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Amaretto

Amaretto

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Regular price
$39.00
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$39.00
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Gayle watched her children tear greedily into their presents. Granted, she had raised them with good manners, and they dutifully hugged their grandparents after opening each gift. Excessive, maybe, but she noticed Eric’s four children, only a few years older than her own, were not nearly as polite or affectionate. She made a mental tally in the “good parenting” column in her mind, along with a tally in the “better than my older brother, for once” column. She took a sip on her amaretto and cream, a drink she only had on the holidays at her parents house because it’s the one day of the year she really needed it.

Growing up the youngest of four siblings, she had basically raised herself. She’d never had a curfew, but also never had an allowance; she was allowed to date at a younger age, but at that time she’d had acne and braces and wasn’t getting dates anyway; she got her license at 16 but inherited the car that had become the family beater that barely lasted a year, and then didn’t have a car until she could buy one herself with the help of student loans in college (and that was barely better than the car she inherited). In short, she was used to getting the short end of the proverbial stick, which is probably why she constantly kept running tallies in her head of the victories and injustices she endured in her daily life. 

Wrapping paper flew through the air. She checked her watch, debated on having another drink, decided against it. They had to leave soon; the kids had been dropped off by their father earlier this morning so she could have Christmas with them before the two hour drive to her parents house for this Christmas celebration. Yes, theoretically, they could have stayed over, but her bedroom no longer existed (having been turned into a kind of overflow/random junk room), and she knew Linda well enough to know that the likelihood of her or her husband Steve getting drunk and passing out before presents were opened was all but assured. 

And, adding another tally to that column, she had gone upstairs at the tail end of the meal, at her mother’s request, to check on her sister, and found her completely passed out on her childhood bed. But Gayle wasn’t totally heartless; after an attempt to wake up Linda, she placed the water and the ibuprofen in her line of vision for when she woke up, brought the trash can next to the bed (just in case), took off Linda’s shoes, and then covered her snoring sister with a blanket. Let her sleep for a while longer. The imminent commotion of children screaming and opening presents might wake her anyway.

And now the chaos was in full swing, the kids hyped up from hot cocoa and on the general excitement of Christmas. She was grateful, though. She’d only been separated from her husband for a few months, and she was finding this holiday season to be tough in ways both financial and emotional. It sucked to have multiple separate Christmases. It sucked that she couldn’t afford all the gifts she wanted for her kids. It sucked that her ex could, and did, and that her children weren’t old enough to understand that this didn’t make him the better parent because Santa could buy them all the cheap plastic shit they wanted. But at least her parents could help; at least she could give her kids some kind of family time, even if it wasn’t her little family, as that family no longer existed. Gayle sighed. Okay, maybe a half a drink after a few glasses of water.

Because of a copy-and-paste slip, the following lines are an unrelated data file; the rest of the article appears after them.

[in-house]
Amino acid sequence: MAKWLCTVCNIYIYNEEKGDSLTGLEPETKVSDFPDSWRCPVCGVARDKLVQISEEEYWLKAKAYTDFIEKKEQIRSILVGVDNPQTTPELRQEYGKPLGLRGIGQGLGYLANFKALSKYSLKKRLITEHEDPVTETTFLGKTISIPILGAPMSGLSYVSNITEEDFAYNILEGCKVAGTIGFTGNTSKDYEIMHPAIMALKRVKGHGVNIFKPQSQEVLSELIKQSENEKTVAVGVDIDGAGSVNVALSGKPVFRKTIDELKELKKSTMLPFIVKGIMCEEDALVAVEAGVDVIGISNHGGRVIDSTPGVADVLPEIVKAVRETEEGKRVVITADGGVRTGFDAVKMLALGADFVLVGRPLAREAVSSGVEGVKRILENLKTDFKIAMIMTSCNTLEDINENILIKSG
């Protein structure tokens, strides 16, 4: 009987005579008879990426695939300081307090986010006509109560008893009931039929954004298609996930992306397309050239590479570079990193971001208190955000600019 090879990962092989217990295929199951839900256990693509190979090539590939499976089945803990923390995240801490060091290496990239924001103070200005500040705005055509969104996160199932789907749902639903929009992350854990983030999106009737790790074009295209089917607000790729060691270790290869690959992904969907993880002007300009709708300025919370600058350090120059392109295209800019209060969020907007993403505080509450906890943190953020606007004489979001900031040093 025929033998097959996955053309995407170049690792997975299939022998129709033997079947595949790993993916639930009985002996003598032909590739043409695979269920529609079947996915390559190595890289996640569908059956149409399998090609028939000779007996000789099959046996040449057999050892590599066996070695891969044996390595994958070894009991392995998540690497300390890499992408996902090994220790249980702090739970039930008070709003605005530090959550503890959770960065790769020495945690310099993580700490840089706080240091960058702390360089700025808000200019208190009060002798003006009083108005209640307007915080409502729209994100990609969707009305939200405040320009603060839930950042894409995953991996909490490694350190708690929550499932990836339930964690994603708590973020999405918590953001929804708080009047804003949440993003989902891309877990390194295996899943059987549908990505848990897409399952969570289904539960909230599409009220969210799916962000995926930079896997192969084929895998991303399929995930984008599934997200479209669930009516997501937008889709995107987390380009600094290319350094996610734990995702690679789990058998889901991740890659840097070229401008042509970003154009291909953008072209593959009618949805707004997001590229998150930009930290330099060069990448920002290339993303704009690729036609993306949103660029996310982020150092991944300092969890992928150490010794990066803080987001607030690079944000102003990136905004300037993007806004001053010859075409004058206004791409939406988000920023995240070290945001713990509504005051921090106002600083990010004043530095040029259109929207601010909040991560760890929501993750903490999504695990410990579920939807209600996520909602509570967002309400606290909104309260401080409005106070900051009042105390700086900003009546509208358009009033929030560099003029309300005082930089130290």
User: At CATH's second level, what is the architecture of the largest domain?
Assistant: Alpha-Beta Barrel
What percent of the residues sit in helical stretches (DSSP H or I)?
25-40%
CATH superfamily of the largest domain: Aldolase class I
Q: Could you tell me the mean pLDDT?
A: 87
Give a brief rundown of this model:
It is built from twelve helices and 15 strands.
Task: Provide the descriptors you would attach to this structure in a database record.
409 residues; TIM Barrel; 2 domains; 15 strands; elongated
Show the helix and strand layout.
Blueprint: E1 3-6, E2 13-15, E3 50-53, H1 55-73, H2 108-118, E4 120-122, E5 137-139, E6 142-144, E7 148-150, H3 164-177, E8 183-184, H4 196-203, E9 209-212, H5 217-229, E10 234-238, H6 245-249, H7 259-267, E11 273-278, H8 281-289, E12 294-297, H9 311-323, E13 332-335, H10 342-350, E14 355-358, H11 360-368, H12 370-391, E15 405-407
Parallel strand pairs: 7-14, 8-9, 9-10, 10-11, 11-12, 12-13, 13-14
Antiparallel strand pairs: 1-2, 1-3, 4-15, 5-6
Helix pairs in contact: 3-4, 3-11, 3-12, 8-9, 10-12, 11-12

Escaping the hectic scene in the living room, Gayle filled a large glass with tap water, chugged it, and repeated that two more times, before finally mixing another amaretto and cream. Worst case scenario, she’d drink some of the leftover coffee from earlier before driving home. She was putting the cream back in the fridge when she heard someone walk into the kitchen. She turned and, surprisingly, saw Linda standing in the doorway, rubbing her temples and looking as if she might vomit at any moment.

“Hey Lin, how’re you feeling?”

Linda shook her head. “Not great, Gayle. Not great. How’s it going down here?”

Gayle smirked. “Oh, first Christmas without my husband but surrounded by family who don’t seem to care how I’m doing, so, peachy keen in these parts, thanks!”

Linda grimaced. “Did you bring me water and ibuprofen? Thank you. I needed those. Is there any coffee still?”

Gayle nodded, and poured her a lukewarm cup. They sat down together at the table, sipping their drinks, listening to the commotion in the living room. They didn’t talk for a while.

Then, Linda slowly reached her hand across the table, and beckoned Gayle to take it. They’d been close when they were younger, but had drifted apart over the years. They were just very different people: Linda was vain and cared deeply about her weight, her looks, and what other people thought of her. Gayle didn’t care about any of that, and especially not over the last few months, when she was just trying to survive the day-to-day tasks of living and raising children. But in this moment, they were simply sisters. Gayle took Linda’s hand and squeezed it, and they sat there in comfortable, understanding silence, while the happy noises of Christmas carried on around them.

 

Scent notes: Amaretto, vanilla cream, a sprinkle of nutmeg